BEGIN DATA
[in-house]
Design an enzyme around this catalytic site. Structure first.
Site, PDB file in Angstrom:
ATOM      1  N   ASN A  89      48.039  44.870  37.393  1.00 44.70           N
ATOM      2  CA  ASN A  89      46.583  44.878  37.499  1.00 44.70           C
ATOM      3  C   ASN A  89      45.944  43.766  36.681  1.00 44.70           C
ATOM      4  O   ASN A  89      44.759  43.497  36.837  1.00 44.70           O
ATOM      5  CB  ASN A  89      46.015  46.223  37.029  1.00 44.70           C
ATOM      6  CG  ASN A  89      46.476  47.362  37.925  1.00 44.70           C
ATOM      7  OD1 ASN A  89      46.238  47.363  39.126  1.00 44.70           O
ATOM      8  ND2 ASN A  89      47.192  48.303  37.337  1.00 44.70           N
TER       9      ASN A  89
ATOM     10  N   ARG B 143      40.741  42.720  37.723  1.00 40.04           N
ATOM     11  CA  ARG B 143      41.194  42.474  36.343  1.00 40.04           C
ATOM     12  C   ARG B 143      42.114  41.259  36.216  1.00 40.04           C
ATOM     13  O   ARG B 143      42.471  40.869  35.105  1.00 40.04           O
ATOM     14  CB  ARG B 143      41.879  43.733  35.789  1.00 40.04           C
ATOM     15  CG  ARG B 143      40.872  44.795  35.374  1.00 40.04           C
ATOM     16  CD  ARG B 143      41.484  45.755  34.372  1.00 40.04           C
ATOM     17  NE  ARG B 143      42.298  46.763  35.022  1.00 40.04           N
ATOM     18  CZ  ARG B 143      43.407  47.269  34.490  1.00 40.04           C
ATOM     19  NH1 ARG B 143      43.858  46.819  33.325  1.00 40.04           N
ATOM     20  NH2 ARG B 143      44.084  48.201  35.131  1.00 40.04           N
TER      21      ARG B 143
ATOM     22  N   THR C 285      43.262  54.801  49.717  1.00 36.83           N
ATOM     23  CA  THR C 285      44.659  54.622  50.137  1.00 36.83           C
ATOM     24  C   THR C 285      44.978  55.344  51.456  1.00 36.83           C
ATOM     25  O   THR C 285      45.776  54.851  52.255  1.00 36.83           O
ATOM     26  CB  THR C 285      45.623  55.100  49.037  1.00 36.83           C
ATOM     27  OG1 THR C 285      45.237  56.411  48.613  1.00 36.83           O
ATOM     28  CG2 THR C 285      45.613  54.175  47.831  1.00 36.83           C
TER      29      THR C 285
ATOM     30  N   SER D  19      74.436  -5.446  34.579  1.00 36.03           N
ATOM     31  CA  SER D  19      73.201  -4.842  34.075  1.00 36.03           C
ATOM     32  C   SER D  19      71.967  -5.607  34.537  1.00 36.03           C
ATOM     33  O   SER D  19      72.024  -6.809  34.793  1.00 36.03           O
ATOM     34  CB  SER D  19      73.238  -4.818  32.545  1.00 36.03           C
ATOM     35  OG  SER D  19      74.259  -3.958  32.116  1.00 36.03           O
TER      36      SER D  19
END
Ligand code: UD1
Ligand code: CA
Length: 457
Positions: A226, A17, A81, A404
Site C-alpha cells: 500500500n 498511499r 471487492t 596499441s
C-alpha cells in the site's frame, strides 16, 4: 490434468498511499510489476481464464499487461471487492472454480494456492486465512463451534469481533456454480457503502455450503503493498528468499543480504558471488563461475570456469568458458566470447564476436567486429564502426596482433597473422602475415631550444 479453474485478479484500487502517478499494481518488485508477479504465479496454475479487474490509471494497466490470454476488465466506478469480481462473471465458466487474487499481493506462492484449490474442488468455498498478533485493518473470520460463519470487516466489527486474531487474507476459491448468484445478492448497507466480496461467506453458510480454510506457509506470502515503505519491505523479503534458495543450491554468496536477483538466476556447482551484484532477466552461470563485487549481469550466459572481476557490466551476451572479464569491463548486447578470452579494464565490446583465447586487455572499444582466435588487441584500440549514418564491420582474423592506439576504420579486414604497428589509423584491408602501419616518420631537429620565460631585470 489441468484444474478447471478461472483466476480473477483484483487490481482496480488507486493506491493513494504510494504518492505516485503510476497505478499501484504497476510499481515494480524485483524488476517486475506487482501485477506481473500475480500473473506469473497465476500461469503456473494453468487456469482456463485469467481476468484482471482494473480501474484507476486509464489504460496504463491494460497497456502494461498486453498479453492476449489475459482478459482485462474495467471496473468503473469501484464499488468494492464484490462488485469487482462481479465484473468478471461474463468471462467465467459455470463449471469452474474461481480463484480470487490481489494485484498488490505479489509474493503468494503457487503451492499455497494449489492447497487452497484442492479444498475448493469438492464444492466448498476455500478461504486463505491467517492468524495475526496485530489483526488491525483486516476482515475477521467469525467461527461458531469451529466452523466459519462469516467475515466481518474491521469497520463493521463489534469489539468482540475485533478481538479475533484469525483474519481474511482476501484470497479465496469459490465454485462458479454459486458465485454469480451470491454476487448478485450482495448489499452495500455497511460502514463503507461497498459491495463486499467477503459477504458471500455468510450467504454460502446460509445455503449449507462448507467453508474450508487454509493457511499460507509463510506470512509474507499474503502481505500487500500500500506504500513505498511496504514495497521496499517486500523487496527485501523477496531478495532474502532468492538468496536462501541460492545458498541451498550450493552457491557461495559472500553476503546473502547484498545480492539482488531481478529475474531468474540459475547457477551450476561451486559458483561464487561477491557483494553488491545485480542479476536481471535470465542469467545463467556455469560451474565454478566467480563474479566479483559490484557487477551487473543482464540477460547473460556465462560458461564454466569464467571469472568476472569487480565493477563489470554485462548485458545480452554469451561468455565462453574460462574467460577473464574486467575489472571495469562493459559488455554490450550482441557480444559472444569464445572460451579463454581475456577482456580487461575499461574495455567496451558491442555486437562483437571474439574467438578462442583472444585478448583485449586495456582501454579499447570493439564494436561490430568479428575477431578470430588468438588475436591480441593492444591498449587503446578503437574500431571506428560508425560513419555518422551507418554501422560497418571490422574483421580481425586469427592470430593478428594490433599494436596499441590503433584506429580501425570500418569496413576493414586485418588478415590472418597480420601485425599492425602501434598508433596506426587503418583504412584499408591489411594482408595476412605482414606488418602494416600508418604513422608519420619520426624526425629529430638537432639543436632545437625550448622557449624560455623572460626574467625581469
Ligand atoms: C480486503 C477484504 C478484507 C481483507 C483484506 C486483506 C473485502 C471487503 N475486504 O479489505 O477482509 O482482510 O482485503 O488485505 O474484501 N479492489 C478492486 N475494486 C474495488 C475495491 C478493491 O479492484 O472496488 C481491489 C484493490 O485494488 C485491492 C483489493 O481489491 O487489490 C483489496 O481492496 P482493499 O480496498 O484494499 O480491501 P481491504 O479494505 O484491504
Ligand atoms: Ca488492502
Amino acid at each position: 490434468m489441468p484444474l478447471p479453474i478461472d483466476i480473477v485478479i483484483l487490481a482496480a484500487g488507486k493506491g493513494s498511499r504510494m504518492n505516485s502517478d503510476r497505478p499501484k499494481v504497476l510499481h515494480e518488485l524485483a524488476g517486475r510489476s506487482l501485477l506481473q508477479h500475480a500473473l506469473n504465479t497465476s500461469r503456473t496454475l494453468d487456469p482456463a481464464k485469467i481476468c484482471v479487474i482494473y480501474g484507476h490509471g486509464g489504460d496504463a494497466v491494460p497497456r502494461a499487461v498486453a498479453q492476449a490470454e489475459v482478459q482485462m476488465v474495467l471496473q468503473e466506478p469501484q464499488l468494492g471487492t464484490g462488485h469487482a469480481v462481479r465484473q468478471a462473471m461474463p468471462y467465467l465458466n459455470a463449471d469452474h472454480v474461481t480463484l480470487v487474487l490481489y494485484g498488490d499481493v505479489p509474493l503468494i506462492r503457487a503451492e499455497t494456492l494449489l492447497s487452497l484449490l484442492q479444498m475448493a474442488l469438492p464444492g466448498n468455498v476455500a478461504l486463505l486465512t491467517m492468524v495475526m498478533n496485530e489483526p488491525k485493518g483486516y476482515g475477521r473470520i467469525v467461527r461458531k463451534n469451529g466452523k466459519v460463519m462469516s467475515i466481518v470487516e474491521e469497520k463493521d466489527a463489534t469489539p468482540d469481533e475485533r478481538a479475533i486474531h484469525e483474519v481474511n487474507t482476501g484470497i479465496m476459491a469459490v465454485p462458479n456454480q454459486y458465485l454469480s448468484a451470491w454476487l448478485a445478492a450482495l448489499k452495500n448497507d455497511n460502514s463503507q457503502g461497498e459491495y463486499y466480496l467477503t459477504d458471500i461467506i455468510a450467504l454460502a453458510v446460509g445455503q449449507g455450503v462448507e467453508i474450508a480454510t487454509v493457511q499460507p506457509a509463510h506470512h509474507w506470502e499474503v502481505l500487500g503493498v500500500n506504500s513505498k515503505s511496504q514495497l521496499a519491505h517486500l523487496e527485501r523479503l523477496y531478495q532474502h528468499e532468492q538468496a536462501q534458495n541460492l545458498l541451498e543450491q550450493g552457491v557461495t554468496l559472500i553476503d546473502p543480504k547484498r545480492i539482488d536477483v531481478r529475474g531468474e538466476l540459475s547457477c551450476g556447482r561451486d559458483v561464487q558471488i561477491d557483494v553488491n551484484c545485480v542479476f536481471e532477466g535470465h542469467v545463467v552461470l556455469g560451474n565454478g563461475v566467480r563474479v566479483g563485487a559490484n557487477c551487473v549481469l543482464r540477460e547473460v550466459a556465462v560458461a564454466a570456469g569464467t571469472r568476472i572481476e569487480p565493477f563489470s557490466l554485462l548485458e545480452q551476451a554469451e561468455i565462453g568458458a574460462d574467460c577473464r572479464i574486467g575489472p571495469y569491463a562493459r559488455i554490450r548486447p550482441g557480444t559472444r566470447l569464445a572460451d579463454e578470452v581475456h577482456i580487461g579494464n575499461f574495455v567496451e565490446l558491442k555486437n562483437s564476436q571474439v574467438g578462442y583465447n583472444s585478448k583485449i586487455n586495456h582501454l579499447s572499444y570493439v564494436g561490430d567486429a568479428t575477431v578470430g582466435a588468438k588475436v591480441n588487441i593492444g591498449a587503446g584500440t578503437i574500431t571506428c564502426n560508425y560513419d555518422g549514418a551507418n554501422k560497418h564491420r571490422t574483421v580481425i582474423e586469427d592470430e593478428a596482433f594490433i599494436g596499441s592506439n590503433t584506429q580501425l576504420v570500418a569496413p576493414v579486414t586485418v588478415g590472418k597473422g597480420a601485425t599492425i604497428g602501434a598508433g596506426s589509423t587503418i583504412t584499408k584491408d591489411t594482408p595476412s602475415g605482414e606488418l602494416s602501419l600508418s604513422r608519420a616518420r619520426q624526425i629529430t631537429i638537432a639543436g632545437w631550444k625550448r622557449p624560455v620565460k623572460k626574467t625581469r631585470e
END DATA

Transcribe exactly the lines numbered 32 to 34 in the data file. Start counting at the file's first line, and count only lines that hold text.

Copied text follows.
TER      29      THR C 285
ATOM     30  N   SER D  19      74.436  -5.446  34.579  1.00 36.03           N
ATOM     31  CA  SER D  19      73.201  -4.842  34.075  1.00 36.03           C